Finally, the Union contends that the award draws its essence from the parties' agreements. According to the Union, "[t]he purpose of the phrase `non-precedential' [in the MOU] was to denote that the agreement could not and would not be used as an authoritative example which must be followed in further bargaining on the subject[,] not that it could not be enforced." Id. at 6.
IV. Preliminary Matter
Section 2429.5 of the Authority's Regulations provides, in pertinent part, that "[t]he Authority will not consider evidence offered by a party, or any issue, which was not presented in the proceedings before the . . . arbitrator." 5 C.F.R. § 2429.5. The Authority will consider matters that were presented to an arbitrator in a post-hearing brief, even if those matters were not presented during the arbitration hearing. See United States Dep't of the Treasury, IRS, Atlanta, Ga., 44 FLRA 622, 625 (1992) (IRS Atlanta).
The Union contends that a document attached to the Agency's exceptions -- an employee handbook concerning the AWS program -- was not submitted at the arbitration hearing. Opp'n at 2. However, the Union does not dispute that this document was submitted to the Arbitrator in the Agency's post-hearing brief. See id. at 2-3. Because it is undisputed that the document was submitted to the Arbitrator as part of the Agency's post-hearing brief, there is no basis for declining to consider it on § 2429.5 grounds, and we consider it. See IRS Atlanta, 44 FLRA at 625.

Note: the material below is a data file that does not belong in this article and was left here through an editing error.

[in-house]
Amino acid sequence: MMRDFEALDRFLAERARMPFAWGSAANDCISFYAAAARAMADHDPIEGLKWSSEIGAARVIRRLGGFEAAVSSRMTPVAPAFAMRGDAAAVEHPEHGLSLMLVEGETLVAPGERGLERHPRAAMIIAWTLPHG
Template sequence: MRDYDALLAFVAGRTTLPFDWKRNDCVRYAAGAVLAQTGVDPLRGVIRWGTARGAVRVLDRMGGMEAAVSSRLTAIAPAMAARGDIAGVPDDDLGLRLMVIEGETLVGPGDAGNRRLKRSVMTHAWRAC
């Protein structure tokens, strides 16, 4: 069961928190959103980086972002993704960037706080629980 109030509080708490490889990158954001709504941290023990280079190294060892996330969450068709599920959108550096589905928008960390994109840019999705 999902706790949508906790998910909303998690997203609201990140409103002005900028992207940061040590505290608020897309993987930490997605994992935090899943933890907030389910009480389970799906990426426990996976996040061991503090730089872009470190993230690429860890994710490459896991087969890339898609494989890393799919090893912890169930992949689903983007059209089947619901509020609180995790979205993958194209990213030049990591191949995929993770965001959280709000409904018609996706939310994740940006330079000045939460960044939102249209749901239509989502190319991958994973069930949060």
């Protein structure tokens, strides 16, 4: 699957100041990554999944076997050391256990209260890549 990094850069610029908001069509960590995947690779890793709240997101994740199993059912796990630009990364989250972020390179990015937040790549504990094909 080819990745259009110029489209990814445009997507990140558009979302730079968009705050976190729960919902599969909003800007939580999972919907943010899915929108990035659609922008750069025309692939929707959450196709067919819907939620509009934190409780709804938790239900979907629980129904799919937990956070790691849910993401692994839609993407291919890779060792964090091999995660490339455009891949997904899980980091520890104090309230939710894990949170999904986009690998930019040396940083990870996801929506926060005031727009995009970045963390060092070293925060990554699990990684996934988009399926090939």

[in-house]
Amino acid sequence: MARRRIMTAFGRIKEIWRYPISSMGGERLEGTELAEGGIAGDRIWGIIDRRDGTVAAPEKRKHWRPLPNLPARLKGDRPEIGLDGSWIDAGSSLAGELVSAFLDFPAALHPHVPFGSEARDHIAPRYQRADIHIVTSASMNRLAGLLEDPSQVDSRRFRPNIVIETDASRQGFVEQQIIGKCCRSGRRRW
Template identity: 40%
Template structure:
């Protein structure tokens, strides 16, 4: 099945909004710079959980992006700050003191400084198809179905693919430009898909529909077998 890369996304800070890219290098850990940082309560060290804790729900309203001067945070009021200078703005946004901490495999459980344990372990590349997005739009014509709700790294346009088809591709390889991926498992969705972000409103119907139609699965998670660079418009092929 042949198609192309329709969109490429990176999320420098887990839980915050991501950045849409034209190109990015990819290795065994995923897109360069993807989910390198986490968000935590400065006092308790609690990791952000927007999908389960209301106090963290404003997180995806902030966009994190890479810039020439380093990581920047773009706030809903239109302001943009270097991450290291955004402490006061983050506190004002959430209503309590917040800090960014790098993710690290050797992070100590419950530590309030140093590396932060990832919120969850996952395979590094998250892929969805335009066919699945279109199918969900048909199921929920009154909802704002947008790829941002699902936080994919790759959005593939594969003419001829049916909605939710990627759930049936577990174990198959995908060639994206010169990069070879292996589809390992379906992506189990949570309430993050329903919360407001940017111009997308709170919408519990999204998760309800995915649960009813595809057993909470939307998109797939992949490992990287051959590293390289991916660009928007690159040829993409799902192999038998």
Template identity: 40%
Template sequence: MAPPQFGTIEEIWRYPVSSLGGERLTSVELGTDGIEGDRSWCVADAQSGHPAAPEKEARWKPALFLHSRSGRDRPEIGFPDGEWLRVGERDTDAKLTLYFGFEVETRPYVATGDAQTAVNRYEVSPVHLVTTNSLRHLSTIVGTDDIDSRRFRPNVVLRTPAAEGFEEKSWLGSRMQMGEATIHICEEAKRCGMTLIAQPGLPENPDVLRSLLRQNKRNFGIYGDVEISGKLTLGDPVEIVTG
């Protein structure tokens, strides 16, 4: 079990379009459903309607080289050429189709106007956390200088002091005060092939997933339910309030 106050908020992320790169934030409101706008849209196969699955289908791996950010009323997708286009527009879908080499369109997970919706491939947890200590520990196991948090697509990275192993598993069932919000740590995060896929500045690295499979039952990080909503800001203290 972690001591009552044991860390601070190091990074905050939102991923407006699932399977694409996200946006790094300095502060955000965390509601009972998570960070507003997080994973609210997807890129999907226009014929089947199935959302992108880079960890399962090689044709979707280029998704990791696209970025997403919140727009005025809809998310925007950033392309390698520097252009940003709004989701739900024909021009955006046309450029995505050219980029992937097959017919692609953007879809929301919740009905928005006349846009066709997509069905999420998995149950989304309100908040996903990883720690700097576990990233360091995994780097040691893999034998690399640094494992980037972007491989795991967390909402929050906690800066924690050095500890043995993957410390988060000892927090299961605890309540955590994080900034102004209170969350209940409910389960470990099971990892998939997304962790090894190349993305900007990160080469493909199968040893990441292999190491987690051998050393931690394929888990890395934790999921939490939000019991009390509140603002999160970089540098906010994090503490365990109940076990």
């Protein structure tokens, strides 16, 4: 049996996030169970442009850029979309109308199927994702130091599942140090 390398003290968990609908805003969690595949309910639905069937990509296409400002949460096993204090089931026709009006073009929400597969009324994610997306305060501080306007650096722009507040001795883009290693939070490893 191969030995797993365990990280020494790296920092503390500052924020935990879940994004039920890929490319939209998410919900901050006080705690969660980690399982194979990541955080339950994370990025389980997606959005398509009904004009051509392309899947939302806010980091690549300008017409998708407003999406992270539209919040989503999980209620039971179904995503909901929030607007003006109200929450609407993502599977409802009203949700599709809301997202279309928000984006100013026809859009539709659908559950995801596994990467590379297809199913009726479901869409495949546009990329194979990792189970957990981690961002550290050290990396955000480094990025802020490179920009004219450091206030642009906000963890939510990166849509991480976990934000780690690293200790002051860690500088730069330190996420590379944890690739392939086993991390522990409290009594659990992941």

V. Analysis and Conclusions
A. The award is not contrary to § 7106(b)(1) of the Statute.
The Agency claims that the award is contrary to law. The Authority reviews questions of law de novo. See NTEU, Chapter 24, 50 FLRA 330, 332 (1995) (citing United States Customs Serv. v. FLRA, 43 F.3d 682, 686-87 (D.C. Cir. 1994)). In applying a standard of de novo review, the Authority determines whether the arbitrator's legal conclusions are consistent with the applicable standard of law. See NFFE, Local 1437, 53 FLRA 1703, 1710 (1998). In making that determination, the Authority defers to the arbitrator's underlying factual findings. See id.